One of the worst kept secrets over the last week has been that Ahmad Bradshaw was going to end up being a member of the Colts. Contract negotiations stalled and sputtered from time to time, but in the end it turned out just like everyone expected with him signing a one year deal worth $1.1 million with a signing bonus and some other bonuses based on him being active for games. Let’s take a look at what it means for all of the pieces involved:
Ahmad Bradshaw RB, IND
The draft was a disaster for free agent running backs like Bradshaw, Beanie Wells and others. The vast majority of potential landing spots for the free agents like Green Bay, Pittsburgh, Denver and St. Louis all ended up spending draft picks on running backs. With the immediate need for the majority of the league satisfied, the market became pretty much non-existent. For someone coming off of an operation, there wasn’t any reason to expect any kind of signing until summer, which is exactly what happened in Bradshaw’s case.
Looking at the deal Bradshaw signed, it is basically a one year, “prove it” deal. With the signing bonus and some other parts of the contract, he is going to be on the roster for this year and anything else isn’t guaranteed. The contract is basically paid by the number of games played with how the bonuses are set up so the Colts are protected from injury – that means even if he does get hurt (more on this later), they can keep him around for almost nothing. The better question is if he’ll be around next year, which will all come down to how he performs.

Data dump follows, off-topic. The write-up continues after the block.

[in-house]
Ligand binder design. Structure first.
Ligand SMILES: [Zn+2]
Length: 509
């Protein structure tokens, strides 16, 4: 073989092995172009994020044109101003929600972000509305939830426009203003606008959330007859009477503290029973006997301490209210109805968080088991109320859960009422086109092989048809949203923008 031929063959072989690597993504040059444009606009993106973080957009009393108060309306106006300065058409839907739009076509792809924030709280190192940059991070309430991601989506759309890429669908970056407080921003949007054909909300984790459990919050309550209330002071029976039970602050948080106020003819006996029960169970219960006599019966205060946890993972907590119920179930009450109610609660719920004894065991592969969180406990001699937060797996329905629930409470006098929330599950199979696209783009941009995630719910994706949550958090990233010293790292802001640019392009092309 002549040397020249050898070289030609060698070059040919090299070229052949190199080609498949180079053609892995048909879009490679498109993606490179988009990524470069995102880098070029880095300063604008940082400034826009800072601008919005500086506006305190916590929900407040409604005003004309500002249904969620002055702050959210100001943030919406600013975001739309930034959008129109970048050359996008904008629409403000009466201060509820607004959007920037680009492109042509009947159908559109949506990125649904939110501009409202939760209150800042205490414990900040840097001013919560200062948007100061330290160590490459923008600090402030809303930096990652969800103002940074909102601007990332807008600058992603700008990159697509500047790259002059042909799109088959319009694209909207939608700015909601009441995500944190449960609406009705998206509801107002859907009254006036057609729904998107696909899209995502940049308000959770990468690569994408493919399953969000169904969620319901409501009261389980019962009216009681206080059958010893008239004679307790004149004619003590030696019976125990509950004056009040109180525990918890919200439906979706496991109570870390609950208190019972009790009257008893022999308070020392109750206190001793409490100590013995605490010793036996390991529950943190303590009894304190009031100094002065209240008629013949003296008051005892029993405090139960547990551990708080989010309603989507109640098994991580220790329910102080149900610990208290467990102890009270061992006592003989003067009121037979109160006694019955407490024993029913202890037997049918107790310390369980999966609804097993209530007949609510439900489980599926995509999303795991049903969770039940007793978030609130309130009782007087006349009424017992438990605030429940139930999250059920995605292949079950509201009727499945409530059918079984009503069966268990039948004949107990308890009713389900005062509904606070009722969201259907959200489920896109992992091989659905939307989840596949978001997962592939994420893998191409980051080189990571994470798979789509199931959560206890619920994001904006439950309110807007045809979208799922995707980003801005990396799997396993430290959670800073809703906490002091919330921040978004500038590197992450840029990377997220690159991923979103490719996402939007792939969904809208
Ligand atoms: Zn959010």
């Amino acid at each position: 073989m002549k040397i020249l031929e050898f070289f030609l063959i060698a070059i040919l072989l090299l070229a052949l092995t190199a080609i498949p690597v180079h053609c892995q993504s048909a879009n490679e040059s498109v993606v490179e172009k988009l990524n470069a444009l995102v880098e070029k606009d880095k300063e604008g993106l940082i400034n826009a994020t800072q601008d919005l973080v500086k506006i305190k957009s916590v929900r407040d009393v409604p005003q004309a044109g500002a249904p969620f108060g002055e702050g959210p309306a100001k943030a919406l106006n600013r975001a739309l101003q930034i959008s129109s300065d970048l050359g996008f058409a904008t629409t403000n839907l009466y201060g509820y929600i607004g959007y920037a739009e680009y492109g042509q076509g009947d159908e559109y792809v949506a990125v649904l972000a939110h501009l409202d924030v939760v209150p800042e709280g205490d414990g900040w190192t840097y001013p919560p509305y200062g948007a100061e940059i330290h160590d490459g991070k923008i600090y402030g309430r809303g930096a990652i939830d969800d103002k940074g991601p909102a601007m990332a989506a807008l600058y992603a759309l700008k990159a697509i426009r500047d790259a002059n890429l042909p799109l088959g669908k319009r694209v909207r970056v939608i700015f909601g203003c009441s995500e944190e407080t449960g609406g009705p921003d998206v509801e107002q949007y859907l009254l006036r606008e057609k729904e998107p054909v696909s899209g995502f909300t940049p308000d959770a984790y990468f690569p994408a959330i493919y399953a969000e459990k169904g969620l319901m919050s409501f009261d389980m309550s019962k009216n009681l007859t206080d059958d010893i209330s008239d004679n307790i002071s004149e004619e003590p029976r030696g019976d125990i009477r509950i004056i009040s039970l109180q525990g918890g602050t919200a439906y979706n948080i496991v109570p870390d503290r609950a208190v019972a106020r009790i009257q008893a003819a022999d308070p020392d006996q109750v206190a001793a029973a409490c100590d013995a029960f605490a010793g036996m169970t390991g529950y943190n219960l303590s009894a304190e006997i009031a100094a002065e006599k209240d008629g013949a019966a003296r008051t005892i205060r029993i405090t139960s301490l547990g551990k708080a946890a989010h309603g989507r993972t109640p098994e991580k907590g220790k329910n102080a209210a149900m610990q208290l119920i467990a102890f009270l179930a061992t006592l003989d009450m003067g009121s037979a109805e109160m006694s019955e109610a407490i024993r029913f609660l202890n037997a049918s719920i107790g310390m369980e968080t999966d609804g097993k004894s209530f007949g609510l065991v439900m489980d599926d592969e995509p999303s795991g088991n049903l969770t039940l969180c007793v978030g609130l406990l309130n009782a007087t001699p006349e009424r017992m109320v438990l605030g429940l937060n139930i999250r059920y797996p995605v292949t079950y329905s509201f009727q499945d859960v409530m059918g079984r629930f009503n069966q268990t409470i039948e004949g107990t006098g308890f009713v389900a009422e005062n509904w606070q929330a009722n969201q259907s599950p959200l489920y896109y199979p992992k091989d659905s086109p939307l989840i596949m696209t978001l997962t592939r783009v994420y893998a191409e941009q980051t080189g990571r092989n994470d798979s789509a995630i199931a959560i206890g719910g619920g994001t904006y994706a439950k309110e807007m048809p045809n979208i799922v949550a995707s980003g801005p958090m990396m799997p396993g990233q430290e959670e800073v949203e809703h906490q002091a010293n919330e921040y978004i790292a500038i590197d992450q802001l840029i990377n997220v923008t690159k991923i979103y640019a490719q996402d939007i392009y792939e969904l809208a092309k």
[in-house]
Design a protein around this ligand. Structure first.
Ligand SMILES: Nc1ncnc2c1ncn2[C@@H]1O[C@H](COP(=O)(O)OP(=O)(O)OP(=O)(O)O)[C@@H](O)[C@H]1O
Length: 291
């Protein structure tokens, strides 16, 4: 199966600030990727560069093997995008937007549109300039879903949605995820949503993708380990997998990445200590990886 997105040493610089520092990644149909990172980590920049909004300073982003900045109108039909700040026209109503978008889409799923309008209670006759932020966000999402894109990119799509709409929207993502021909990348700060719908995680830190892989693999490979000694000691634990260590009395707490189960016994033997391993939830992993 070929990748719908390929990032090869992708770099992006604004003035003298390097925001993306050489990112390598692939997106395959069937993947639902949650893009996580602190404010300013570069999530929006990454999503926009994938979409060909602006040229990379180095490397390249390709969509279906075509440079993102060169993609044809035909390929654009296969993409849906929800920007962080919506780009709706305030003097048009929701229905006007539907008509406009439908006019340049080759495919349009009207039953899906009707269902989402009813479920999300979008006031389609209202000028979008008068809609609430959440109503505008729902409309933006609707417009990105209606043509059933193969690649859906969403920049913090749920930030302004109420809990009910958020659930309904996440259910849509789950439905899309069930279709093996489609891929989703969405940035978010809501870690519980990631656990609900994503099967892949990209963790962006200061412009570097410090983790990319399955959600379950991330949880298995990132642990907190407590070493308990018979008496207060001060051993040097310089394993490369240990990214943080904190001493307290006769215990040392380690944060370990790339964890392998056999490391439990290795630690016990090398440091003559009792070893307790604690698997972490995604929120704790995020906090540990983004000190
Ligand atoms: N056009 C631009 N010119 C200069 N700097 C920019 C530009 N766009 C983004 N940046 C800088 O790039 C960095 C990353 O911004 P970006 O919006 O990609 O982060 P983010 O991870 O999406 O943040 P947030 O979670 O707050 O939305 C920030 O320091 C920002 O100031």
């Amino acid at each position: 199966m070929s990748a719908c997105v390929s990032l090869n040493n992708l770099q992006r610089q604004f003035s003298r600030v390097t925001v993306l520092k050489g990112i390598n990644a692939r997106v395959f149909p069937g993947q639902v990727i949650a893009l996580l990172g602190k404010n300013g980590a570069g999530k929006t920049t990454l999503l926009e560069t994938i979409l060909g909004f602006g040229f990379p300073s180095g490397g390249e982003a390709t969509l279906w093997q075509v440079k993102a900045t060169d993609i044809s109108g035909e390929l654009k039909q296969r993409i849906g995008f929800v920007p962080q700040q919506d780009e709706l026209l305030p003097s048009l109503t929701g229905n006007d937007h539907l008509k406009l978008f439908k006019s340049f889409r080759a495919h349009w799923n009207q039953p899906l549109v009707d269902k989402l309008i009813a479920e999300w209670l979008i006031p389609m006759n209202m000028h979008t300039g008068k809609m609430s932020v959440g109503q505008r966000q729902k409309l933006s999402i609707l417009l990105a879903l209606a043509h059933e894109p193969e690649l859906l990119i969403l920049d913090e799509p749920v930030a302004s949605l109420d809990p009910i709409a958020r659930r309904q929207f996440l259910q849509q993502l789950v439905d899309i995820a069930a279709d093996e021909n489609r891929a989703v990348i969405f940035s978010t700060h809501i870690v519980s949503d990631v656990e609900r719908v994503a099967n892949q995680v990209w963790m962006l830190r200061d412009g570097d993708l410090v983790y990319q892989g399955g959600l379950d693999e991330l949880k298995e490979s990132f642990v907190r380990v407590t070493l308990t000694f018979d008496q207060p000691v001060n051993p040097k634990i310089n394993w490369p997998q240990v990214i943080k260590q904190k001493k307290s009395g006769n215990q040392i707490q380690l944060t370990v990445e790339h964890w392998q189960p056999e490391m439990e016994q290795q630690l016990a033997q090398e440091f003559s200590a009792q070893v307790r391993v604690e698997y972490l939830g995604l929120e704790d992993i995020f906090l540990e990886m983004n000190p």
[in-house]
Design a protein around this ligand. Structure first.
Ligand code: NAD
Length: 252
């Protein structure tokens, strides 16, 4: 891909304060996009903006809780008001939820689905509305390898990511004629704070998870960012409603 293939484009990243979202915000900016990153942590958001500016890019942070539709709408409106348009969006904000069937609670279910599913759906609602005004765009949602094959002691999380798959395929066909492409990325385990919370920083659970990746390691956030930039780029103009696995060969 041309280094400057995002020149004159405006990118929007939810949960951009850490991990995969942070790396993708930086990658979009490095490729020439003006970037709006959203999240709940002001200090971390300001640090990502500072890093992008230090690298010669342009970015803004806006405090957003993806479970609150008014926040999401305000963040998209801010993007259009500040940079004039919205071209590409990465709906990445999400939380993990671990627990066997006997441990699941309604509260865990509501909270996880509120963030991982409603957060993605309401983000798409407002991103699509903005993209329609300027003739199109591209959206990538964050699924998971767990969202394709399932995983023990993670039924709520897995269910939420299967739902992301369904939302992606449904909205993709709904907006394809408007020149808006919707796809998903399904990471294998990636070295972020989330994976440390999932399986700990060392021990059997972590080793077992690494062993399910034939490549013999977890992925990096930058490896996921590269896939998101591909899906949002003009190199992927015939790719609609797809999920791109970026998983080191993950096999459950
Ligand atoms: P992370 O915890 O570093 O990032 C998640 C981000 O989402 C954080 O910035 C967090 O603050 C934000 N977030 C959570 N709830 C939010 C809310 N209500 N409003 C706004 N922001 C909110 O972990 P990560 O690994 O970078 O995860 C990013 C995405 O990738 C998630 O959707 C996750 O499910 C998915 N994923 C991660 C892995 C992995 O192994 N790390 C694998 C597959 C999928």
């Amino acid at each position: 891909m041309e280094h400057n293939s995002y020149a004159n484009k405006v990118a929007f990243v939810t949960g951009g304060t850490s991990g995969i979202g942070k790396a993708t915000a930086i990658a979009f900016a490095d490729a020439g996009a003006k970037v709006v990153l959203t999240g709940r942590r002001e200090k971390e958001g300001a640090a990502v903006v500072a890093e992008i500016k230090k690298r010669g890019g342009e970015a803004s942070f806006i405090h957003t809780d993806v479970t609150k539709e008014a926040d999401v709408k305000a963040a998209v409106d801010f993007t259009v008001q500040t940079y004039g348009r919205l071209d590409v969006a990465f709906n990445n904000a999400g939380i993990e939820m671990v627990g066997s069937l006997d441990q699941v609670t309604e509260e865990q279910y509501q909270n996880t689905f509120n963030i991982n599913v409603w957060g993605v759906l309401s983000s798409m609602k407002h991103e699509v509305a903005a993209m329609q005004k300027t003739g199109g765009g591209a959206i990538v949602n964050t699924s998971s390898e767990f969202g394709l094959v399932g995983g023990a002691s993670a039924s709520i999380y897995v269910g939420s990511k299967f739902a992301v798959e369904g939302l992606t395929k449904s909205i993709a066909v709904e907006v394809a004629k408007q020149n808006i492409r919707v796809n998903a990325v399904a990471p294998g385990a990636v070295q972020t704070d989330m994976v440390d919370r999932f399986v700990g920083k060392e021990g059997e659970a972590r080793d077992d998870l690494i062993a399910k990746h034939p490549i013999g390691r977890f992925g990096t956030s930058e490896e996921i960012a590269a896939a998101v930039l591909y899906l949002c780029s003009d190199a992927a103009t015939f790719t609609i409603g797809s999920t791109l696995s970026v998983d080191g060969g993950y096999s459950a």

Speaking of the injuries, there is a common perception that Bradshaw is injury prone and unreliable. While he does have some chronic foot issues, calling him injury prone or unreliable may not be fair. Bradshaw is one of those players who misses a lot of practice time and is almost always on the injury report, but he really doesn’t miss many games. Brian Westbrook and Clinton Portis come to mind as other players who were always like this as well. The truth is Bradshaw averages 14 games played per season which is right in the middle of the pack for starting running backs. For reference, it is about three more games per season than Darren McFadden and a game and a half more than Ryan Mathews. I’m sure Bradshaw will be on injury reports and miss some practice time, but you can count on him to be on the field on game days, especially given the setup of his contract.
As for the talent level, even at 27 years old, he is far and away the most talented running back on the Colts roster. He is one of (if not the best) pass blocker in the league which is at a premium when it comes to protecting Andrew Luck. Bradshaw also has great hands and runs nice routes out of the backfield. To top it all off, he has the ability and toughness to run inside while possessing the speed and agility to turn the corner.
He has the skill set to never leave the field, but due to his history, I’m expecting 14-16 carries a game with three or four receptions to go with it. If you take his career production of 4.6 yards per carry and 8.2 yards per catch, that means we’re talking right around 100 total yards per game with a good shot at a touchdown – that should put him squarely in consideration for a RB2 slot or at least a flex play for this year.
The long term outlook is a lot more difficult to project for Bradshaw as it will all come down to injuries. If he can put his best foot forward (pun intended) and play at least 14 games this season, I would expect him to sign a relatively cheap two year contract with the Colts that would keep him there through the 2015 campaign, which would be his age 29 season. His veteran presence and experience winning Super Bowls will be very valuable to the young Colts. If he ends up missing significant time, this could be the end of the road for Bradshaw.
Vick Ballard RB, IND
This off-season for Ballard is yet another example of why we all need to take comments from coaches with a hefty grain of salt during the offseason. We heard for weeks (if not months) that Ballard was going to be “the guy” and be a “workhorse back.” Well, the truth is that coaches, especially during the offseason, almost always pump up their guys. Hopefully you realize that by now. However, when the chance comes along to get better, they jump all over it.